heaven; renounce you sins; yield yourselves unto God, as those that are alive from the dead. How shall you escape if you neglect so great salvation?

Allow me, before I conclude, to address,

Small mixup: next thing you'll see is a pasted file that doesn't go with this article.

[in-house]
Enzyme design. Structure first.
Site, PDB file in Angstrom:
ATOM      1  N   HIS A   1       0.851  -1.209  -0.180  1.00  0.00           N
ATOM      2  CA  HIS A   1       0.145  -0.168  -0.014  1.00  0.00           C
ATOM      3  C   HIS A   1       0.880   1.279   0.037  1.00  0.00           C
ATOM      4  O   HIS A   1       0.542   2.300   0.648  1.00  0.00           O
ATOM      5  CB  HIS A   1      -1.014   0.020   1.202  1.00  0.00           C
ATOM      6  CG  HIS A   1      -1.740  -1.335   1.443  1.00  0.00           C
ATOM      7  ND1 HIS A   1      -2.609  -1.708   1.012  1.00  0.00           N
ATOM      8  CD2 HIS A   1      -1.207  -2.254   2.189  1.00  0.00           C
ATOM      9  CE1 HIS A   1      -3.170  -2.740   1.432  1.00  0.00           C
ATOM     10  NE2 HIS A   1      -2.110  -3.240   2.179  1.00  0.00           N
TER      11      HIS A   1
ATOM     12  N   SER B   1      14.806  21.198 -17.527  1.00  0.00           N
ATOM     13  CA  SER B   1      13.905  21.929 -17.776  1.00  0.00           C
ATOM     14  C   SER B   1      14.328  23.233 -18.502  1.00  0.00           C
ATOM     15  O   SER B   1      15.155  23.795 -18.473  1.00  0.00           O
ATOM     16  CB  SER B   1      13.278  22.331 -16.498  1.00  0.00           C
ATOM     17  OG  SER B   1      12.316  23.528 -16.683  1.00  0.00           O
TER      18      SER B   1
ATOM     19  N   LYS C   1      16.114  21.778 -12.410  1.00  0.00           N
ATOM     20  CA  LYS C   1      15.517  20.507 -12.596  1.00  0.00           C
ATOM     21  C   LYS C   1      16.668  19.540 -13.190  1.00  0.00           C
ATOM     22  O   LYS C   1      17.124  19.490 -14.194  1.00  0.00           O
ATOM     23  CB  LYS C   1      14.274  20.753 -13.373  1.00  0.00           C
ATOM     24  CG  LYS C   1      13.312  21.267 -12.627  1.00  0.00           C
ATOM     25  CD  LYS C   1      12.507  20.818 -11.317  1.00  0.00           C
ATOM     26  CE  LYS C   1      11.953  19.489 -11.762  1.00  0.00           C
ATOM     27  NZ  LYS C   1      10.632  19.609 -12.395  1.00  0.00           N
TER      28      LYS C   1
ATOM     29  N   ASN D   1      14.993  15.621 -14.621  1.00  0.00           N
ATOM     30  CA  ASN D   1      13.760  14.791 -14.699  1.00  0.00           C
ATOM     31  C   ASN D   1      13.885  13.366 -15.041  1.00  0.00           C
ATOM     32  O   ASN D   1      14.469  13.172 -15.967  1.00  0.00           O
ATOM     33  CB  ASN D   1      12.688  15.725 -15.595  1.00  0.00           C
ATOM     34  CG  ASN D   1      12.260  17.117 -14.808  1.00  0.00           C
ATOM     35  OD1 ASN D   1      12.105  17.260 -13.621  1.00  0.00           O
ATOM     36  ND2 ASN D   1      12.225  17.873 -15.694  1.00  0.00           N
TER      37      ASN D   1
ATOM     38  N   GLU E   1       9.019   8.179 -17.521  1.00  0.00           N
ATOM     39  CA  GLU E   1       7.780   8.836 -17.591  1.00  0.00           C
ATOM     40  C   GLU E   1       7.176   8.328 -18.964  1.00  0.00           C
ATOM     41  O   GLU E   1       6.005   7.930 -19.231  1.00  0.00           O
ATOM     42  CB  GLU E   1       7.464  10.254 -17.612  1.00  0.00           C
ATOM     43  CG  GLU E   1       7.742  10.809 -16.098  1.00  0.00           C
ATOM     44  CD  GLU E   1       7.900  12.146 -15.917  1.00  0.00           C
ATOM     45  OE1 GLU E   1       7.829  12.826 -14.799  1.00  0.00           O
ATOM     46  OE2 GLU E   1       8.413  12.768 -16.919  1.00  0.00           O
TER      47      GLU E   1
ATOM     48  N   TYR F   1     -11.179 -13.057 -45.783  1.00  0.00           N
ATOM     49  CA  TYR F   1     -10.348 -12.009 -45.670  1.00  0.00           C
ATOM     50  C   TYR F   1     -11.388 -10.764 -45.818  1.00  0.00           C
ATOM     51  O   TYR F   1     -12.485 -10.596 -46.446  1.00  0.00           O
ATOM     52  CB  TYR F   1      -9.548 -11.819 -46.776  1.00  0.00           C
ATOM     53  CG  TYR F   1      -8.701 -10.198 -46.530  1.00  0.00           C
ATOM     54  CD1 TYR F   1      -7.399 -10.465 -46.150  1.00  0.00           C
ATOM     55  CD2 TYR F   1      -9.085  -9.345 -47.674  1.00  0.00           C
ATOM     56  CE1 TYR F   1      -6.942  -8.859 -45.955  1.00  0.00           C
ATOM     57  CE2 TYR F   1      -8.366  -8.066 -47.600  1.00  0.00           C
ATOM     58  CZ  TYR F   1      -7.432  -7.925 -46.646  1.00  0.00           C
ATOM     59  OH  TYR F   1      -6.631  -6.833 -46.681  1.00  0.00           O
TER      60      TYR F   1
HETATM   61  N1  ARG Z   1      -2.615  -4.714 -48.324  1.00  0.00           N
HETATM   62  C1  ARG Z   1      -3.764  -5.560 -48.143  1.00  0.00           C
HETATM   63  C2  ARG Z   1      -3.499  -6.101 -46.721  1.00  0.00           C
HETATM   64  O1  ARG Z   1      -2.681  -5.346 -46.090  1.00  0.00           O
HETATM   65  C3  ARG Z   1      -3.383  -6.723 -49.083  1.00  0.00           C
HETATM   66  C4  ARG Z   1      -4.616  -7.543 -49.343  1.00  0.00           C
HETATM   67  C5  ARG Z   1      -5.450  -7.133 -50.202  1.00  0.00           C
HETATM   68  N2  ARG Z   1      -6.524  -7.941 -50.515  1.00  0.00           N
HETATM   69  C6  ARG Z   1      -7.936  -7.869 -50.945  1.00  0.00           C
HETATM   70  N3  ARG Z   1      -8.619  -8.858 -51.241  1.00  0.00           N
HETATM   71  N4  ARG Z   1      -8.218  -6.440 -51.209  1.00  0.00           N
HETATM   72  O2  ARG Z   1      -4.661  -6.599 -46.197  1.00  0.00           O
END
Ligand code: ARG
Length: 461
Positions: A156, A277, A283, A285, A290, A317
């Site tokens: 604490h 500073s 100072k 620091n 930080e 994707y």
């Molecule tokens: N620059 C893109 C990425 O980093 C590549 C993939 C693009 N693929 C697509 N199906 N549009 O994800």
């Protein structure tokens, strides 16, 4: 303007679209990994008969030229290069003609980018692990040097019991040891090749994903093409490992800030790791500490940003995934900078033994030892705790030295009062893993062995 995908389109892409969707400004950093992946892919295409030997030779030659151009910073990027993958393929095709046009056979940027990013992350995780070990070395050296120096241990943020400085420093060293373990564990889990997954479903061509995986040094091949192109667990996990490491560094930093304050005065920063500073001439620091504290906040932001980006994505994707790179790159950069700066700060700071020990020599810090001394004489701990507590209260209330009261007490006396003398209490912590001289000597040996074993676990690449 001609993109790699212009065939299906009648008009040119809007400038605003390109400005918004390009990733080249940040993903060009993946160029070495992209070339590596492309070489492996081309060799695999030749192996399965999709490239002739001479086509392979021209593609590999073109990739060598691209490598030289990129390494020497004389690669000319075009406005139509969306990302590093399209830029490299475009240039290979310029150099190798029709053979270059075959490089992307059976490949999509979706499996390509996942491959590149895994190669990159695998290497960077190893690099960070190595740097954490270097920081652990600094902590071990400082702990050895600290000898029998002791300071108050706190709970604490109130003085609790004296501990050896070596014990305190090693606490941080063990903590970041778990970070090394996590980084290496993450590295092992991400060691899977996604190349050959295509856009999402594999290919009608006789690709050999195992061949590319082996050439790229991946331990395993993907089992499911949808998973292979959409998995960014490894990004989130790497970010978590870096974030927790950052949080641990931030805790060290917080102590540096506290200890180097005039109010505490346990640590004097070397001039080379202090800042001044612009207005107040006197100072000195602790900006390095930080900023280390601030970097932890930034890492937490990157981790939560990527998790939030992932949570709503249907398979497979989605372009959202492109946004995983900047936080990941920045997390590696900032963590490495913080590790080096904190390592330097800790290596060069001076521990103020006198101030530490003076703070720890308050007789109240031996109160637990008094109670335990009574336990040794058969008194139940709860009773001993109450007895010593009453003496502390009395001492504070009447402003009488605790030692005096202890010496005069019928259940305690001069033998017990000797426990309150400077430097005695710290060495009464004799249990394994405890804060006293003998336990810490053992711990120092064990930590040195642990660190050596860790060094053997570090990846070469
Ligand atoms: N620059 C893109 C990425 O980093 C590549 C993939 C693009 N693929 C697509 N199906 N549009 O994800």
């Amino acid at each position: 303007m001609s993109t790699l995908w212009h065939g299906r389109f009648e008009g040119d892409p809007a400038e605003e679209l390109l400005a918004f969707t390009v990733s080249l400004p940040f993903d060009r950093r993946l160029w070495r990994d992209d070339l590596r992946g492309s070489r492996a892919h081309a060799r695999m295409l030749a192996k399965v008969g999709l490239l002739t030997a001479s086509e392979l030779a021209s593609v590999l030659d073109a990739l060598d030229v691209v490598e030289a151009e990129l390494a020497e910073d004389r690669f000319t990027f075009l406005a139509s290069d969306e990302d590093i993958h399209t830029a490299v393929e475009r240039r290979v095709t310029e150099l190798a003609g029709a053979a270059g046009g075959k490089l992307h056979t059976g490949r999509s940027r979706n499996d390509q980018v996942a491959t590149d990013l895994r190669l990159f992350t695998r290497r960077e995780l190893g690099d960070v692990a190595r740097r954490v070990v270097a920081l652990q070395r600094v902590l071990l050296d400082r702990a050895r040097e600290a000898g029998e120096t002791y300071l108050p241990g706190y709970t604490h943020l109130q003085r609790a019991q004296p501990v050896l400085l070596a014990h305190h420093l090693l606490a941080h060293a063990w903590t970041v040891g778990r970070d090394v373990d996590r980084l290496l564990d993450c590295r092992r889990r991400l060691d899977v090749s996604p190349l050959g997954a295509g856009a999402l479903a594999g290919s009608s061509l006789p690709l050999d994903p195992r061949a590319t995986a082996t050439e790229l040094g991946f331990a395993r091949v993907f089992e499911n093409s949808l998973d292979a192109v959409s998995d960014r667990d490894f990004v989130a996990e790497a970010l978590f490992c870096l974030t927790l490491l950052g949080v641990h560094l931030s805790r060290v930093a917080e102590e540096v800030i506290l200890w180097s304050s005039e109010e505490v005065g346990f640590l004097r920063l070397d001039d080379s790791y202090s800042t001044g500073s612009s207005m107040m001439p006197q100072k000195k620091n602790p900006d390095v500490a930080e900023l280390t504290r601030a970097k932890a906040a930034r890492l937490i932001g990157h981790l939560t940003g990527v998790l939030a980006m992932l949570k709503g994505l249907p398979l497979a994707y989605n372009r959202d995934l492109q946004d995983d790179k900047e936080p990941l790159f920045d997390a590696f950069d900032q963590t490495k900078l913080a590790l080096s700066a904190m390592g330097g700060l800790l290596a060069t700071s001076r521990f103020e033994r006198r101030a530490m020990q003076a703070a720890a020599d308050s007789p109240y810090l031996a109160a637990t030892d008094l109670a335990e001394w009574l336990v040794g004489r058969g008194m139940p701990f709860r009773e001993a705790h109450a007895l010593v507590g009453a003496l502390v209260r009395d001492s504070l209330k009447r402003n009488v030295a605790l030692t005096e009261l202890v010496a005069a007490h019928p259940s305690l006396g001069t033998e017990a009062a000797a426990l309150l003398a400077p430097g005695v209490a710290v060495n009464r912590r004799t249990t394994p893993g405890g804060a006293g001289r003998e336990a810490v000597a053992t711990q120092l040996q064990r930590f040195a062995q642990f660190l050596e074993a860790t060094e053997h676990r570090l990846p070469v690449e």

III. THOSE WHO HAVE BOTH THE FORM AND THE POWER OF GODLINESS. I say those who have both the form and the power, because it ought to be our concern to unite the two. When in a pure Protestant church, we rise from the mere external to the vital and internal part of religion, we are not to neglect the first, but to take care that it be animated and invigorated by the second. In domestic life, principles of obedience without order, will soon lead to inextricable confusion. In the state, patriotism without subordination and subjection to law, will soon become wild and selfish. And thus even in the church of Christ, godliness itself, without proper attention to external form, may quickly be accompanied by irregularity and innovation. Perhaps the temper of the present day inclines us, in some cases, too much to neglect ecclesiastical discipline. Schisms and divisions are less carefully avoided than the Scripture directs them to be. Let us then, whilst we leave to our brethren of every confession the most entire liberty of conscience, honour and value our own sacred services and our own wise and